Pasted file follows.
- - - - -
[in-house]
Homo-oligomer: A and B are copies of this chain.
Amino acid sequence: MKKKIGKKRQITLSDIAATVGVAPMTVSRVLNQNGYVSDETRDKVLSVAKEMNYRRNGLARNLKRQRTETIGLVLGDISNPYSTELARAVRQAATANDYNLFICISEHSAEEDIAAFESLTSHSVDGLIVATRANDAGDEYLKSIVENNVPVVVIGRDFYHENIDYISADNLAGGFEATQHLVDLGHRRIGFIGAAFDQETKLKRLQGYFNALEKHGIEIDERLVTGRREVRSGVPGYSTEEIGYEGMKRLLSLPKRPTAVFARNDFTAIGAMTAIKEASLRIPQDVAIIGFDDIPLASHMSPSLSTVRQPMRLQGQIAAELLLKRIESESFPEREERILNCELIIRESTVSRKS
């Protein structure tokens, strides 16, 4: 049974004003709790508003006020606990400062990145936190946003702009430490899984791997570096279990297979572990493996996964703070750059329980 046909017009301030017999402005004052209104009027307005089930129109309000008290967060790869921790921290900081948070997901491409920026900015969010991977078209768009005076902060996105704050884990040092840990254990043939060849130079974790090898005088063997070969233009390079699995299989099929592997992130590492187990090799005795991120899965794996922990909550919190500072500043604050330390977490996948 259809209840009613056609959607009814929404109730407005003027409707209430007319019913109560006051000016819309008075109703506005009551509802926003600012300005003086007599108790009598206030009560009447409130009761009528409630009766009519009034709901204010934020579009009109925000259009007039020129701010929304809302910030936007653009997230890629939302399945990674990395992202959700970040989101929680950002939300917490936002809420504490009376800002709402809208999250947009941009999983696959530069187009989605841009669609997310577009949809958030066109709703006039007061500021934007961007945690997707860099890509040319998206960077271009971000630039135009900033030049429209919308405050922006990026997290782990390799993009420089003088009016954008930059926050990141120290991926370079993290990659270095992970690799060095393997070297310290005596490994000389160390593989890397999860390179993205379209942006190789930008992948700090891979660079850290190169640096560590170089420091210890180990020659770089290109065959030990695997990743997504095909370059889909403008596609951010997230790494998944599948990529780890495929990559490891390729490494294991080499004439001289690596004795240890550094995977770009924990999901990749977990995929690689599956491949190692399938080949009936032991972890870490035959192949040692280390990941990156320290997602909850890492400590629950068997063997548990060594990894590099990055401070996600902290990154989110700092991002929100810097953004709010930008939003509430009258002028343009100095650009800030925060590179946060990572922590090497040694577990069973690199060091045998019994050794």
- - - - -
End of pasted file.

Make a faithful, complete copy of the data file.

[in-house]
Homo-oligomer: A and B are copies of this chain.
Amino acid sequence: MKKKIGKKRQITLSDIAATVGVAPMTVSRVLNQNGYVSDETRDKVLSVAKEMNYRRNGLARNLKRQRTETIGLVLGDISNPYSTELARAVRQAATANDYNLFICISEHSAEEDIAAFESLTSHSVDGLIVATRANDAGDEYLKSIVENNVPVVVIGRDFYHENIDYISADNLAGGFEATQHLVDLGHRRIGFIGAAFDQETKLKRLQGYFNALEKHGIEIDERLVTGRREVRSGVPGYSTEEIGYEGMKRLLSLPKRPTAVFARNDFTAIGAMTAIKEASLRIPQDVAIIGFDDIPLASHMSPSLSTVRQPMRLQGQIAAELLLKRIESESFPEREERILNCELIIRESTVSRKS
């Protein structure tokens, strides 16, 4: 049974004003709790508003006020606990400062990145936190946003702009430490899984791997570096279990297979572990493996996964703070750059329980 046909017009301030017999402005004052209104009027307005089930129109309000008290967060790869921790921290900081948070997901491409920026900015969010991977078209768009005076902060996105704050884990040092840990254990043939060849130079974790090898005088063997070969233009390079699995299989099929592997992130590492187990090799005795991120899965794996922990909550919190500072500043604050330390977490996948 259809209840009613056609959607009814929404109730407005003027409707209430007319019913109560006051000016819309008075109703506005009551509802926003600012300005003086007599108790009598206030009560009447409130009761009528409630009766009519009034709901204010934020579009009109925000259009007039020129701010929304809302910030936007653009997230890629939302399945990674990395992202959700970040989101929680950002939300917490936002809420504490009376800002709402809208999250947009941009999983696959530069187009989605841009669609997310577009949809958030066109709703006039007061500021934007961007945690997707860099890509040319998206960077271009971000630039135009900033030049429209919308405050922006990026997290782990390799993009420089003088009016954008930059926050990141120290991926370079993290990659270095992970690799060095393997070297310290005596490994000389160390593989890397999860390179993205379209942006190789930008992948700090891979660079850290190169640096560590170089420091210890180990020659770089290109065959030990695997990743997504095909370059889909403008596609951010997230790494998944599948990529780890495929990559490891390729490494294991080499004439001289690596004795240890550094995977770009924990999901990749977990995929690689599956491949190692399938080949009936032991972890870490035959192949040692280390990941990156320290997602909850890492400590629950068997063997548990060594990894590099990055401070996600902290990154989110700092991002929100810097953004709010930008939003509430009258002028343009100095650009800030925060590179946060990572922590090497040694577990069973690199060091045998019994050794």